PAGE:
Abortion advocates were promoting “safe” sex as part of an October awareness week at UNC-CH, this one entitled “EC Week.”
Why “EC Week”? The initials stand for “emergency contraceptives” — and not, as one might suppose, to be a pun for “easy,” meaning “one exhibiting a widely known readiness to engage in sexual relations.”
As announced by UNC-CH junior David Barbour in a letter to the editor of The Daily Tar Heel Oct. 28, “EC Week” is sponsored by “Choice USA” and “is geared towards raising awareness on campus about emergency contraceptives and also promoting healthy, safe sex behaviors.” Emergency contraceptives, of course, are things sought post-coitus after sex behaviors regardless of whether they were safe, and as for healthy, well … say, did you know that “EC” stands for “emergency contraceptives”?
Given some of the activities planned for the week, Barbour might just as well have written about an “RR Week” that “is geared towards raising awareness on campus about emergency-room medicine and also promoting healthy, safe Russian Roulette behaviors.” Is the preceding an overstatement? Yes, but not by that much.
After all, part of “celebrating” emergency contraceptives involved “barhopping on Franklin Street passing out condoms and dental dams to unsuspecting patrons.” In other words, to celebrate emergency contraception week, abortion advocates actively encouraged drunk people to go have sex.
Now this is plain irresponsible, not to mention dangerous and foolish. Why? Because even when used properly, condoms cannot prevent AIDS, let alone pregnancy.
As Dr. Ruth Westheimer explains (emphasis added): “there is no 100 percent sure way of preventing the transmission of HIV if you are having sex with an infected partner. Latex condoms, not the sheepskin variety, do prevent the virus from entering the vagina, but condoms do break once in a while; some people are careless in removing the condom and leakage could seep into the vagina; and the virus can also be communicated through oral sex.” (Note that Westheimer is speaking only of vaginal penetration and not some of the other forms of sexual penetration that are advocated by certain groups and departments in the university and that place more stress on the structure of the condom.)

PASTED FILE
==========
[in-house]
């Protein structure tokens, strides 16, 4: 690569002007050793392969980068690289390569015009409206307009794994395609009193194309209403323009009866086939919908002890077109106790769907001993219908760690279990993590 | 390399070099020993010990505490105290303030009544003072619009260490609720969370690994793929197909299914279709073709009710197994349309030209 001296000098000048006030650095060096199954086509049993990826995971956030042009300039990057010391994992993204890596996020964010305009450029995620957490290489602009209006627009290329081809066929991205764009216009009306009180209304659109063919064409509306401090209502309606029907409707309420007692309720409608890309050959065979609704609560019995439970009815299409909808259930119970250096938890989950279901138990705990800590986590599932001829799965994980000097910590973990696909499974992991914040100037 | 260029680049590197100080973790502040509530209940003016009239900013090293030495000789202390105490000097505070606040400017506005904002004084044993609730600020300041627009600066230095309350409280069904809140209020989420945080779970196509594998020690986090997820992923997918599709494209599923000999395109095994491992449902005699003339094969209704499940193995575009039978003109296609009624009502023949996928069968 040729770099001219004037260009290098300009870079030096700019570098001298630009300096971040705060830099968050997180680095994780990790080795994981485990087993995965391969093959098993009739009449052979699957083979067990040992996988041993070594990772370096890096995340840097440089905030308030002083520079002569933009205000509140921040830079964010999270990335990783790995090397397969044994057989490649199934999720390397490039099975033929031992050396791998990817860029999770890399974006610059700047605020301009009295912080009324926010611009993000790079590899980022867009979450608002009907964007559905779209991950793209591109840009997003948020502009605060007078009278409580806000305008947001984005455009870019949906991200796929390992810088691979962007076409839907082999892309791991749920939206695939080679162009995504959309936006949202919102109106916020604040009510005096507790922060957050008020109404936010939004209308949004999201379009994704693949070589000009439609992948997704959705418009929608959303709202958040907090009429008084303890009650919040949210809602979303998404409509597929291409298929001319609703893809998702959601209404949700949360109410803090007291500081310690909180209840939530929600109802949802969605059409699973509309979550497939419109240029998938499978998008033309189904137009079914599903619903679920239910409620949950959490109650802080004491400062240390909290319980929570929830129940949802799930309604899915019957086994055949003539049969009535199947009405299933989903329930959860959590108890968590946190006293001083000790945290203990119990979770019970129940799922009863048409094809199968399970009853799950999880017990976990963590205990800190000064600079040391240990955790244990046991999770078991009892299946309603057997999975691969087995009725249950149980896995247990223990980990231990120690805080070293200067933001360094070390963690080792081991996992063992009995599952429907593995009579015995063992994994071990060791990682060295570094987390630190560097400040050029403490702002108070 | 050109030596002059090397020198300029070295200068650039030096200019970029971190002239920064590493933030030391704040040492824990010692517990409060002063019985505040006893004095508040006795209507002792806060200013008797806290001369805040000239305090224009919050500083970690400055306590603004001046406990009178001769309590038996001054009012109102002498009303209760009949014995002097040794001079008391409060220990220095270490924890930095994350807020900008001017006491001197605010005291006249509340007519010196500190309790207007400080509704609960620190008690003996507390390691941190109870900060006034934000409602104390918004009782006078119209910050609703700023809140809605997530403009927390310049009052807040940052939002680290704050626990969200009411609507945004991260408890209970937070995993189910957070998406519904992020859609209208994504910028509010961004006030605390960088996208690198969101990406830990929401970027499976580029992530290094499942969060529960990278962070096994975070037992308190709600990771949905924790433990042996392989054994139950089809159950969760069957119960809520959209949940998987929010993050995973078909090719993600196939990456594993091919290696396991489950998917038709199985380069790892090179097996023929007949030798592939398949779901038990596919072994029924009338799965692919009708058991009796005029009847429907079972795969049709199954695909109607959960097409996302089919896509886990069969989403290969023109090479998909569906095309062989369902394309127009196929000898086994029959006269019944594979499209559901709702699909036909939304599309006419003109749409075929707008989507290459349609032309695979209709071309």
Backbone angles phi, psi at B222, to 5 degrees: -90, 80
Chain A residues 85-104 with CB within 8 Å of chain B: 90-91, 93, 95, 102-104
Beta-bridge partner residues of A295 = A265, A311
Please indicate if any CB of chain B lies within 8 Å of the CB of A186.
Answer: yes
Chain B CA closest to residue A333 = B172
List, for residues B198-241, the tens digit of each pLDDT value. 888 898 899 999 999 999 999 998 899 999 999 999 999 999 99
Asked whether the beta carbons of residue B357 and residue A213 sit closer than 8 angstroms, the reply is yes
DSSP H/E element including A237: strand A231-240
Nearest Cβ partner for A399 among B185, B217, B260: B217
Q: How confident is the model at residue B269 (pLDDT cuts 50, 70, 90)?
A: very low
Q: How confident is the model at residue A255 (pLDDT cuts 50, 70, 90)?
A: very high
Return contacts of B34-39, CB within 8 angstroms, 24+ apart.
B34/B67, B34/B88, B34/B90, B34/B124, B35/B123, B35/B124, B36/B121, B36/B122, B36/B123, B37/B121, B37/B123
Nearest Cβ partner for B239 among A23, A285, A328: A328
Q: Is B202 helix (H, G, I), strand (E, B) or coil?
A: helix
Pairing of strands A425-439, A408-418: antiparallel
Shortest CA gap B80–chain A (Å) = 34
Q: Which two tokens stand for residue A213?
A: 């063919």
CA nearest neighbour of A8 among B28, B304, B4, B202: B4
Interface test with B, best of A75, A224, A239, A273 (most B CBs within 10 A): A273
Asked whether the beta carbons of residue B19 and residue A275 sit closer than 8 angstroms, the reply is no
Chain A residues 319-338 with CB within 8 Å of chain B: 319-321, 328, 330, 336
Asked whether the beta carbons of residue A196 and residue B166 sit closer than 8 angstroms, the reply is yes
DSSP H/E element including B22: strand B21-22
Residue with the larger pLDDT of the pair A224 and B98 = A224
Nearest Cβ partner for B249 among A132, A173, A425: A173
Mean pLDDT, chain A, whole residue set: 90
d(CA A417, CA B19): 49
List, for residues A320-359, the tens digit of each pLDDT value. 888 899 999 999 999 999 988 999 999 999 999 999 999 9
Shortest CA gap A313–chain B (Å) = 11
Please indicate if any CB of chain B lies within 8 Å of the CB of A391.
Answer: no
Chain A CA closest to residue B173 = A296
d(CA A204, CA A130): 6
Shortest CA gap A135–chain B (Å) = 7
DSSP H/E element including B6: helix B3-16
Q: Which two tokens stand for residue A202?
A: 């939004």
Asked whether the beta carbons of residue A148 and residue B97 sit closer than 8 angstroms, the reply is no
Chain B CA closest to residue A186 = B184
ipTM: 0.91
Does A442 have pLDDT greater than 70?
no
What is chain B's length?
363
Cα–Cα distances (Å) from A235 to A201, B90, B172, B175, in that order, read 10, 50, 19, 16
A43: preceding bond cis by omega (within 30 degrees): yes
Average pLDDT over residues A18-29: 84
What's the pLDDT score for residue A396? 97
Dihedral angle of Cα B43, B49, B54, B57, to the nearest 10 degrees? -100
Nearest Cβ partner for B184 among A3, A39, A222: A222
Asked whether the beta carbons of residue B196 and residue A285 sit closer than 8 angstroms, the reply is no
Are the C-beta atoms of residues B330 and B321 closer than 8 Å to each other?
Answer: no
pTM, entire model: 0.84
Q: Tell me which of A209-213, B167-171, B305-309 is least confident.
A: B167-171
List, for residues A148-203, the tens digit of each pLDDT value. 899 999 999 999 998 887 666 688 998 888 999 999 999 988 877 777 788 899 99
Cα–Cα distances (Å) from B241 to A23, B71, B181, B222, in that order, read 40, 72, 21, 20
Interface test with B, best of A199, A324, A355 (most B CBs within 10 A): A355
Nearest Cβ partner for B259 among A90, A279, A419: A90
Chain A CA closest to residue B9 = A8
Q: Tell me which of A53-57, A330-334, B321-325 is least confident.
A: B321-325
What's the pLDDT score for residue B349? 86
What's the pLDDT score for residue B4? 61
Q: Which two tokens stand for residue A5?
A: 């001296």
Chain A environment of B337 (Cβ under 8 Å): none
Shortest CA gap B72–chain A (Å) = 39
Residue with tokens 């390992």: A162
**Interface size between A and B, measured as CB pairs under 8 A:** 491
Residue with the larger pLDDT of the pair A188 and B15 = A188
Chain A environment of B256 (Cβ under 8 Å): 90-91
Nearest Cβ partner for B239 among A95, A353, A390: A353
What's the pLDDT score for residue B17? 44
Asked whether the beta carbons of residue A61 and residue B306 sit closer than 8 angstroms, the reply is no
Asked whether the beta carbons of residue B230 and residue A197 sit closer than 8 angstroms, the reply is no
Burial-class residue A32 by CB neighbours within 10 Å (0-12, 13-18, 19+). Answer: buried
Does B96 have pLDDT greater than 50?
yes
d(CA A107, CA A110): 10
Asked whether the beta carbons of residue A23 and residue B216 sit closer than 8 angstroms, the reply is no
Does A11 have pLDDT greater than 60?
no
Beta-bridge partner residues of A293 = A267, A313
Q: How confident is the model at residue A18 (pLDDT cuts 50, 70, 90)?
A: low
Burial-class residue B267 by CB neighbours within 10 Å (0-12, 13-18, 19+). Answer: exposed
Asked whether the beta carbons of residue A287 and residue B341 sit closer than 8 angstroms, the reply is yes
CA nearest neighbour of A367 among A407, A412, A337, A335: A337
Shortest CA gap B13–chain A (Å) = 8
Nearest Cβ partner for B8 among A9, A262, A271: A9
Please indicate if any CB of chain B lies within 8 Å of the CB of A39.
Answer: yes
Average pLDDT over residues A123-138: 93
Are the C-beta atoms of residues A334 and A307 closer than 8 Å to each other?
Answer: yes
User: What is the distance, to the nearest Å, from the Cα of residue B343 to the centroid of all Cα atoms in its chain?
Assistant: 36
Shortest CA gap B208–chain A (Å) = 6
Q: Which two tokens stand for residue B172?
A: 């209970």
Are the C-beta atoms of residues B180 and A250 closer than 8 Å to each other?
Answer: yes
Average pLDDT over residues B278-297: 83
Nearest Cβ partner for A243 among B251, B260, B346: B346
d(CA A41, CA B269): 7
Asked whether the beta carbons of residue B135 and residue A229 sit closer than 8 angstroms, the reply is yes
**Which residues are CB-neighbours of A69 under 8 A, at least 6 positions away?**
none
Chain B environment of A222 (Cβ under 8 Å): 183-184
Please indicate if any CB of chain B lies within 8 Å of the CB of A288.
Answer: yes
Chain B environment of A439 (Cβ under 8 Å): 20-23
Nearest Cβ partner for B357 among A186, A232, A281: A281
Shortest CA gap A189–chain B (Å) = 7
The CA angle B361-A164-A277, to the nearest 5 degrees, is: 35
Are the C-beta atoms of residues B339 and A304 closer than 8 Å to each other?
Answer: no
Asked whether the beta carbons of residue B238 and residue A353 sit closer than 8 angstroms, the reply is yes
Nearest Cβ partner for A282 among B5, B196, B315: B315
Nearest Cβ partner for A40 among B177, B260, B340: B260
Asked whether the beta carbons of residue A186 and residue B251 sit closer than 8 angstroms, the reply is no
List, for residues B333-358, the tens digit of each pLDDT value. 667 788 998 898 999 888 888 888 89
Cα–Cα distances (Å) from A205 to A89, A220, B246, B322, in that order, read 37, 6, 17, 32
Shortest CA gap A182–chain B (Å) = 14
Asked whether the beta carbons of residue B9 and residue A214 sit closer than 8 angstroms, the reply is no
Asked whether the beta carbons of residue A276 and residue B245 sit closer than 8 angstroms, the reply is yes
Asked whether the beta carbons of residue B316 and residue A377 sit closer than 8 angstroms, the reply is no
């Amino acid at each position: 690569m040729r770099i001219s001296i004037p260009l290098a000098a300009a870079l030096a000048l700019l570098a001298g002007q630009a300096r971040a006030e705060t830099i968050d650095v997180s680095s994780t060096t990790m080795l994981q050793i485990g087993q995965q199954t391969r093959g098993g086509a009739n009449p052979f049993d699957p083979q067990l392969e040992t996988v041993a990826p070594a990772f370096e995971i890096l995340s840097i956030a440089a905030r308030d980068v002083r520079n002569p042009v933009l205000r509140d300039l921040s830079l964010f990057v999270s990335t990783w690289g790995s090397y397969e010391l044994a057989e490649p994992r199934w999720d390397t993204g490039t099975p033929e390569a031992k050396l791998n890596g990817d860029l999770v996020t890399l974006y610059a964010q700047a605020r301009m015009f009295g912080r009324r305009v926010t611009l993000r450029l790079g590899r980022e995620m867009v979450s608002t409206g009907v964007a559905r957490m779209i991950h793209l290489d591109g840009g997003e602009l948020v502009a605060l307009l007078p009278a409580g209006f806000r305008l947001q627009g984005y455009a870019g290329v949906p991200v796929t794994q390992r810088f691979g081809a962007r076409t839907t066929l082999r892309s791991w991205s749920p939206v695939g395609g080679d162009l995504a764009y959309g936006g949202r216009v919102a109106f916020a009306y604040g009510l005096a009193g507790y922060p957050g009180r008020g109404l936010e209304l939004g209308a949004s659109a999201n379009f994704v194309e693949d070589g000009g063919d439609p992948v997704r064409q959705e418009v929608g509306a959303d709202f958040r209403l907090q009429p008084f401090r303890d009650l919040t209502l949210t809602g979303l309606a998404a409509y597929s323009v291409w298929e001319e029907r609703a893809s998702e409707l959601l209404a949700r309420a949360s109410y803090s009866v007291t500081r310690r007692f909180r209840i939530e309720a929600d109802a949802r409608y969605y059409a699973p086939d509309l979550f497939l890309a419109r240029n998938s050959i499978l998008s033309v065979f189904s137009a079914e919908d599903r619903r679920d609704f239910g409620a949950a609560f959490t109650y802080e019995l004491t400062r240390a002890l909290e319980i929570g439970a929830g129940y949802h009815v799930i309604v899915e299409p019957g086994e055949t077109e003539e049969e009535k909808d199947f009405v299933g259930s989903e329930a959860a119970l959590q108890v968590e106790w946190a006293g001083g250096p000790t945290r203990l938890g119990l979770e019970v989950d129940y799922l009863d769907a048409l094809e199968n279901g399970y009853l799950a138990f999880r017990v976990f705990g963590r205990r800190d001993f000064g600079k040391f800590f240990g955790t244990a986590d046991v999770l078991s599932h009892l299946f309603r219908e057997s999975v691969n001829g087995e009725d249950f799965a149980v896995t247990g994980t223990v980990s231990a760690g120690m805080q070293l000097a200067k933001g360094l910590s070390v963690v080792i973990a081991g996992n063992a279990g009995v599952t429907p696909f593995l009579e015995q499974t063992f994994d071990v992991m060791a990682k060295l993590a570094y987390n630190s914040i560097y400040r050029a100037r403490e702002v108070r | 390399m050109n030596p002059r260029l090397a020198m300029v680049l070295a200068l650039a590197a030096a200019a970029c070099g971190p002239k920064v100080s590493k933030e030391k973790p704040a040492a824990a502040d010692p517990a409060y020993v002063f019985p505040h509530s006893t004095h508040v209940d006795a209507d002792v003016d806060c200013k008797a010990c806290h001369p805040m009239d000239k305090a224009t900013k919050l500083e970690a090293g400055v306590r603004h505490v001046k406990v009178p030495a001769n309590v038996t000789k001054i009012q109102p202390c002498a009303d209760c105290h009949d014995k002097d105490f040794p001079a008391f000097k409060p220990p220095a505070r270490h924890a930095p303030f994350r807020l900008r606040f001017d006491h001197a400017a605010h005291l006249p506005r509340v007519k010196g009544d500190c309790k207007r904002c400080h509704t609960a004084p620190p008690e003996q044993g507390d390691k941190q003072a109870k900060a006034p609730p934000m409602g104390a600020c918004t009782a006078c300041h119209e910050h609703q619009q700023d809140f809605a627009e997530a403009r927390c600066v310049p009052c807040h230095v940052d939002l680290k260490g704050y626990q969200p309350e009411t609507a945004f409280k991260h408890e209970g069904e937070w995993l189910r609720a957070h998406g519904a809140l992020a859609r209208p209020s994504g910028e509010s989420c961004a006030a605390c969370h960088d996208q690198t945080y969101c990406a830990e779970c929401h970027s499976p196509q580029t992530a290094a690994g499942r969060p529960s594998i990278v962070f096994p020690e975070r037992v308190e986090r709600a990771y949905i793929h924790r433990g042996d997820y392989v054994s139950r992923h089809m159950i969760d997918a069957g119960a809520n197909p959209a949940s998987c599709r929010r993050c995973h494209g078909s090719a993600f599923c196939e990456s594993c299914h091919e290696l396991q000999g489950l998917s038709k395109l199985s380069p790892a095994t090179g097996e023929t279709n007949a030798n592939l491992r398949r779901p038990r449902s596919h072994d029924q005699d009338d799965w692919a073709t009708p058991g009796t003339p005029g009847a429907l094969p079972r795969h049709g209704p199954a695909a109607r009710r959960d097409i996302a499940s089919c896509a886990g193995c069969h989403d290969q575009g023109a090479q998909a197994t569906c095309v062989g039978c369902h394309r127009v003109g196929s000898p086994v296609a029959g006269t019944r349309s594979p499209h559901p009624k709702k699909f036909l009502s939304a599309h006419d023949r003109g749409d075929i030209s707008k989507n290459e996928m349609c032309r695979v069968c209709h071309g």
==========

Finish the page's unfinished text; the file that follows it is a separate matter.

Speaking of using condoms properly, here is how Westheimer describes it:
“If you always use a condom when having intercourse, if you are careful not to tear the condom when opening the package and while putting it on, if you make sure to leave an empty reservoir tip at the end when you put it on, and if you are careful to hold the rim of the condom when you take it off so that there is no leakage, then a condom is a very effective method of protection against pregnancy.”
That’s not exactly the kind of meticulous attention to detail one expects to find among the plowed. But even following those procedures, the thing might break, at which point, pardon the pun, you’re screwed. So to pass them out under the “healthy, safe” banner is dangerously misleading.
But contracting diseases isn’t the concern regarding “emergency contraceptives” — only pregnancy is.
As to what are emergency contraceptives: a Google search of the UNC-CH web site yielded this link to a Princeton web page, which defined them as “methods of preventing pregnancy after unprotected sexual intercourse. They do not protect against sexually transmitted infections. Emergency contraception can be used when a condom breaks, after a sexual assault, or any time unprotected sexual intercourse occurs.” (Emphasis added.)
As the Princeton link explains, there are two kinds of emergency contraceptives: the copper-T intrauterine device (IUD), which carries a slight risk of pelvic infection and infertility, and the “morning-after pills,” which often have the side effects of nausea and vomiting.
In other words, the EC Week people are advocating taking chances on sexually transmitted diseases, pregnancy, infection, infertility, and nausea and vomiting. This is “healthy, safe sex behaviors” only in that without the condoms, the binge-drinkers being encouraged toward “sex behaviors” would be at greater risk for sexually transmitted diseases and pregnancy. By the same token, buckling a boozer’s seatbelt can be called “healthy, safe running-your-car-into-a-tree behavior.” It might cut the risk, but only after winking at the much riskier behavior.
Who’s behind this idea? Or, as a colleague asked, what do condoms have to do with emergency contraceptives? Along with Choice USA, the sponsors are Planned Parenthood and the National Abortion and Reproductive Rights Action League — abortion advocates. Seeing it difficult to find a responsible approach behind the idea, one cannot help wondering if rather less charitable motives are in play. Such as: Are they perhaps seeking new constituents by encouraging drunken college students to have a “safe” tumble in the sack? Or are they counting on the inebriates’ fumbling with condoms to cause them later (and out of necessity) to “become aware” of emergency contraceptives?
It would be tragic if they would also have to “become aware” of living with a sexually transmitted disease. It’s highly unlikely they would follow Westheimer’s advice on how to be protected against AIDS: “in addition to using condoms, both partners should be tested for the virus first, and after you’ve been given the all clear, you have to be able to trust one another not to cheat and have sex outside of the relationship.”
Maybe what EC Week advocates really ought to do on Franklin Street outside the bars is give AIDS testing to unsuspecting bar patrons while explaining their risks. The risks of this activity? It might sober the sloshes up, it might give the EC Week sponsors reputations as killjoys, and it might result in fewer “patrons” for their “services” later on. In other words, it might be a much more responsible approach.